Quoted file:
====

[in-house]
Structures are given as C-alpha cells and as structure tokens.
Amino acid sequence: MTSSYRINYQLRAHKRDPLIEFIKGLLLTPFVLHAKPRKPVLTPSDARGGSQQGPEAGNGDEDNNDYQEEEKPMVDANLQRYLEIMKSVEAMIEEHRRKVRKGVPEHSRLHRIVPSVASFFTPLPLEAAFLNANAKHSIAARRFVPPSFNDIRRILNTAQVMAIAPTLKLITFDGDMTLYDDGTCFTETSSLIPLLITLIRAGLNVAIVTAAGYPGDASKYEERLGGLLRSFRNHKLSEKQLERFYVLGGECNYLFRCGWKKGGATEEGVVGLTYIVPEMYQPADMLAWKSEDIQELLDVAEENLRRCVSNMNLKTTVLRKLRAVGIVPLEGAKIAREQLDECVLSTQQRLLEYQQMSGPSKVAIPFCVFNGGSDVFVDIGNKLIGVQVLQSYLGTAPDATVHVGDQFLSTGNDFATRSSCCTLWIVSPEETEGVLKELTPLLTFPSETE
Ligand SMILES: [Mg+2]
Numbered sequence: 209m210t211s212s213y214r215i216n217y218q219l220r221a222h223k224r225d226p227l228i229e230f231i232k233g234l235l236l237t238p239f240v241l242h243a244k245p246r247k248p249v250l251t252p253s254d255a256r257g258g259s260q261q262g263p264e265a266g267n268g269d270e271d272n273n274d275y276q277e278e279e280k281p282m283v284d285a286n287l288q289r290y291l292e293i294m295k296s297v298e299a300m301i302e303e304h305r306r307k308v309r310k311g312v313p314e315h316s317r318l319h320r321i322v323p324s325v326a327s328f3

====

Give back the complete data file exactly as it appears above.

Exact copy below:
[in-house]
Structures are given as C-alpha cells and as structure tokens.
Amino acid sequence: MTSSYRINYQLRAHKRDPLIEFIKGLLLTPFVLHAKPRKPVLTPSDARGGSQQGPEAGNGDEDNNDYQEEEKPMVDANLQRYLEIMKSVEAMIEEHRRKVRKGVPEHSRLHRIVPSVASFFTPLPLEAAFLNANAKHSIAARRFVPPSFNDIRRILNTAQVMAIAPTLKLITFDGDMTLYDDGTCFTETSSLIPLLITLIRAGLNVAIVTAAGYPGDASKYEERLGGLLRSFRNHKLSEKQLERFYVLGGECNYLFRCGWKKGGATEEGVVGLTYIVPEMYQPADMLAWKSEDIQELLDVAEENLRRCVSNMNLKTTVLRKLRAVGIVPLEGAKIAREQLDECVLSTQQRLLEYQQMSGPSKVAIPFCVFNGGSDVFVDIGNKLIGVQVLQSYLGTAPDATVHVGDQFLSTGNDFATRSSCCTLWIVSPEETEGVLKELTPLLTFPSETE
Ligand SMILES: [Mg+2]
Numbered sequence: 209m210t211s212s213y214r215i216n217y218q219l220r221a222h223k224r225d226p227l228i229e230f231i232k233g234l235l236l237t238p239f240v241l242h243a244k245p246r247k248p249v250l251t252p253s254d255a256r257g258g259s260q261q262g263p264e265a266g267n268g269d270e271d272n273n274d275y276q277e278e279e280k281p282m283v284d285a286n287l288q289r290y291l292e293i294m295k296s297v298e299a300m301i302e303e304h305r306r307k308v309r310k311g312v313p314e315h316s317r318l319h320r321i322v323p324s325v326a327s328f3